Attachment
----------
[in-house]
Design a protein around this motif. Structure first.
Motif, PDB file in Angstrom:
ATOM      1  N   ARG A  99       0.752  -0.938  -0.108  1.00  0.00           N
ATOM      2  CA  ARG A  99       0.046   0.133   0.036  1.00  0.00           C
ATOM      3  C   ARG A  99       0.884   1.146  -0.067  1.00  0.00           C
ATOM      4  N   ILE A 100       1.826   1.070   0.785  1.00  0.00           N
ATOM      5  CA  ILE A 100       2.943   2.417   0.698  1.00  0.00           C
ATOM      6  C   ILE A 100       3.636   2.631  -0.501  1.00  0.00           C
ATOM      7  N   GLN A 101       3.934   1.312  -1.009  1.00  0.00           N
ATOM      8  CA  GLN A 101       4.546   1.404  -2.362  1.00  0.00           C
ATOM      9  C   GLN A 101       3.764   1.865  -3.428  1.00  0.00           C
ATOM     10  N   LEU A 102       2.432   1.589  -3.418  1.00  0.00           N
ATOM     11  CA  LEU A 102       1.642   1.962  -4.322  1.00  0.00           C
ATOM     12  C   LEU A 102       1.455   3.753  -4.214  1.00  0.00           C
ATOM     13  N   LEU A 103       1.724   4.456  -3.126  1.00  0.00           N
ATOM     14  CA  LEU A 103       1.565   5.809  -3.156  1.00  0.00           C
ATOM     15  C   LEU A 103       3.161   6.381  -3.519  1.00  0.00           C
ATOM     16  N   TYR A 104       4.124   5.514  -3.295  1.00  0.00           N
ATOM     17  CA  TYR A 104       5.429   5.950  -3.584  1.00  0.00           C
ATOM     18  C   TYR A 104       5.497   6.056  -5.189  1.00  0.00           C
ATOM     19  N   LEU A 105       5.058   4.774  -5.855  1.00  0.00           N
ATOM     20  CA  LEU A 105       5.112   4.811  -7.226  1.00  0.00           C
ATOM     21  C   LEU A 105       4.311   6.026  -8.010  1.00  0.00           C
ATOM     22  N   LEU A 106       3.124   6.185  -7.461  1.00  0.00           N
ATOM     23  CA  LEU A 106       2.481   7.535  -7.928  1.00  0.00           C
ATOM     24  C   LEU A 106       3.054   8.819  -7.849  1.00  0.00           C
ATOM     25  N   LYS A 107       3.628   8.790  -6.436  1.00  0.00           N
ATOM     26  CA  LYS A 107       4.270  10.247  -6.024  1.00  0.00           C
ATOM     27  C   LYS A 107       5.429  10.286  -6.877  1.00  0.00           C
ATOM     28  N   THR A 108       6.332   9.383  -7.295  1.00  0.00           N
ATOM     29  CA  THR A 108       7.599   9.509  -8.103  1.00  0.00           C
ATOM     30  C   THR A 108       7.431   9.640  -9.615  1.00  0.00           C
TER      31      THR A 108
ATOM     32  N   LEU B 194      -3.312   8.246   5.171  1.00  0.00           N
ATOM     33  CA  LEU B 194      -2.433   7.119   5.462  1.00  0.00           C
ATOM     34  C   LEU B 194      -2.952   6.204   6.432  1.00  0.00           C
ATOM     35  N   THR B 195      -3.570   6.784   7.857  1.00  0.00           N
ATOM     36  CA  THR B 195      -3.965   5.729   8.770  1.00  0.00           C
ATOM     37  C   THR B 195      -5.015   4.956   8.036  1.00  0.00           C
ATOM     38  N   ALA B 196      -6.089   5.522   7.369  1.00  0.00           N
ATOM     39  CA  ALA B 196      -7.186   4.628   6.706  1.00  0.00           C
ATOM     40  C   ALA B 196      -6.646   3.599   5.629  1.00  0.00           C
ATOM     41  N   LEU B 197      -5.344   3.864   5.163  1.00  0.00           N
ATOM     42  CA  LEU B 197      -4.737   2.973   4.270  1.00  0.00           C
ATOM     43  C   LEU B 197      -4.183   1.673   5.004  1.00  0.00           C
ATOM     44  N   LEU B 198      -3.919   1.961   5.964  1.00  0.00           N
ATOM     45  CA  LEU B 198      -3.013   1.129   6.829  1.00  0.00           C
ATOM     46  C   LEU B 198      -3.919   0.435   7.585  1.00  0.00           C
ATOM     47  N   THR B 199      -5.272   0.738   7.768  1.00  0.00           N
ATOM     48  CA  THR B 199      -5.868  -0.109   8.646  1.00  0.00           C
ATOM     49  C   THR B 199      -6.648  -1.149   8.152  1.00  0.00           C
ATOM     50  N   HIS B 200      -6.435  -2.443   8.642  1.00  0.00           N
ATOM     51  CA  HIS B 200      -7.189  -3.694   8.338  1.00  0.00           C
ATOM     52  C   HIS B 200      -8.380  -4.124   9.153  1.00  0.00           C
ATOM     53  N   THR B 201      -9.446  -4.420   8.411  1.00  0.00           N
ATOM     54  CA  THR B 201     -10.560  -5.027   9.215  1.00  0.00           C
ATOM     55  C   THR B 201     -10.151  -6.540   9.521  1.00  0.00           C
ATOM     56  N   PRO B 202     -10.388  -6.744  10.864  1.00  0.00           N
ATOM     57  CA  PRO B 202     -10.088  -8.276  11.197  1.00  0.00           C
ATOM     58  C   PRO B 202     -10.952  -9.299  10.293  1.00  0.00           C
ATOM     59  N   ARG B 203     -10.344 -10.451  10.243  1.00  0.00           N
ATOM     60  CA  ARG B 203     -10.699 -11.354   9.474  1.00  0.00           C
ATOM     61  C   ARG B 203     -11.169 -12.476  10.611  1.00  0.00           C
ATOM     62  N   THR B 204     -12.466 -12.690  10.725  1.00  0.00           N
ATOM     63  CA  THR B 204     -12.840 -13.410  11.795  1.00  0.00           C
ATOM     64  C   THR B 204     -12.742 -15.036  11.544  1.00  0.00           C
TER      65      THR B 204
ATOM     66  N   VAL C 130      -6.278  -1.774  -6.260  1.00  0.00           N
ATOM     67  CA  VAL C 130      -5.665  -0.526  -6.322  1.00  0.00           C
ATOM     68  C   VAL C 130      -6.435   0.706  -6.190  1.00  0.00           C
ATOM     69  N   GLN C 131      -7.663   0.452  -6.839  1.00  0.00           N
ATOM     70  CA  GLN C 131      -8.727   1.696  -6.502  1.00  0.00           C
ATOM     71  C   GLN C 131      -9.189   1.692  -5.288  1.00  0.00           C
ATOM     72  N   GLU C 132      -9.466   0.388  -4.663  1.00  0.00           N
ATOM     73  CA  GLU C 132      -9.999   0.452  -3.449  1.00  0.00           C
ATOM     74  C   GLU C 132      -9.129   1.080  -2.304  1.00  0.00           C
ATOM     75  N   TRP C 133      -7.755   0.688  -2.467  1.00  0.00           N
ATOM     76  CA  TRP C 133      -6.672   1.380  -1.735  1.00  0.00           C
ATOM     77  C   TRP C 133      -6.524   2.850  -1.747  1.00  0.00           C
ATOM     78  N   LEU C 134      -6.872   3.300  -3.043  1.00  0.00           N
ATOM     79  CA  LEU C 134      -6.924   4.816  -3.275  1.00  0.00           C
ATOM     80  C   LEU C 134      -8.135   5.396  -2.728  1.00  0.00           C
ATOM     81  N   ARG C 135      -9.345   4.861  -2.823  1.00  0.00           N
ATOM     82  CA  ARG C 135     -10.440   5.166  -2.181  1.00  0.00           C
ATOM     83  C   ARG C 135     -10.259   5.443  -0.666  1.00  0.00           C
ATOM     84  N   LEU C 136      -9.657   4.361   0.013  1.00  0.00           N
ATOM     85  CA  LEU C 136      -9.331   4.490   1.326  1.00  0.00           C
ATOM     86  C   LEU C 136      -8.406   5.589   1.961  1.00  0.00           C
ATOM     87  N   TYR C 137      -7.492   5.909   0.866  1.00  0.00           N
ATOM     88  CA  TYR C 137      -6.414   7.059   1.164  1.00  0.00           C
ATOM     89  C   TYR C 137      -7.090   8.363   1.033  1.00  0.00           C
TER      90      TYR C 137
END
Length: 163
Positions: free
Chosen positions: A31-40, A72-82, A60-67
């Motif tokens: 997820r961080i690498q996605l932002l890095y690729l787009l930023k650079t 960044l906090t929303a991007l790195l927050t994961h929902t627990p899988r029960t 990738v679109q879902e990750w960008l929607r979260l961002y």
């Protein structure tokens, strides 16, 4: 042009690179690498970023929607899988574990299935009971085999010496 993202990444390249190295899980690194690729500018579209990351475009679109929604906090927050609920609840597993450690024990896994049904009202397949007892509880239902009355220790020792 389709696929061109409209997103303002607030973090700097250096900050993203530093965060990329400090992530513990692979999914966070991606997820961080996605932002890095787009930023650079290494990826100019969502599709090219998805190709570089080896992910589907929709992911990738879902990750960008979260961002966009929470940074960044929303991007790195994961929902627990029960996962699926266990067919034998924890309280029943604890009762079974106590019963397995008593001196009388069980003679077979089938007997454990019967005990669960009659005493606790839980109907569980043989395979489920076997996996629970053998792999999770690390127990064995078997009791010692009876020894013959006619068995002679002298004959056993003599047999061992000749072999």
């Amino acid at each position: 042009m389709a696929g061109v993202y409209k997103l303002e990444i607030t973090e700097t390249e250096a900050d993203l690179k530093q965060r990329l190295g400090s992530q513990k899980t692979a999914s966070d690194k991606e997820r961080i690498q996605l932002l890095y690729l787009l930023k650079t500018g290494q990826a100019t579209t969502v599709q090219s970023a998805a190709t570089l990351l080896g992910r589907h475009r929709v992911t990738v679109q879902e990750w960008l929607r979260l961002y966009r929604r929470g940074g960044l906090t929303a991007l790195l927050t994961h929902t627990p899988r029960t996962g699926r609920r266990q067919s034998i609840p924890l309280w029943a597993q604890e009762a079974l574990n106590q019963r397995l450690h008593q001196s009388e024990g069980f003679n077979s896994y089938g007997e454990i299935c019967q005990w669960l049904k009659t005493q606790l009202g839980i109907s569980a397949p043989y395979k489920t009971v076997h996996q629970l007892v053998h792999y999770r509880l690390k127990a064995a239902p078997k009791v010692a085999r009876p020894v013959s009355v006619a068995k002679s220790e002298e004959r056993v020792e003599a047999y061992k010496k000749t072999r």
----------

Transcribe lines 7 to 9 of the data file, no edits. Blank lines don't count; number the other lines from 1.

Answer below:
ATOM      4  N   ILE A 100       1.826   1.070   0.785  1.00  0.00           N
ATOM      5  CA  ILE A 100       2.943   2.417   0.698  1.00  0.00           C
ATOM      6  C   ILE A 100       3.636   2.631  -0.501  1.00  0.00           C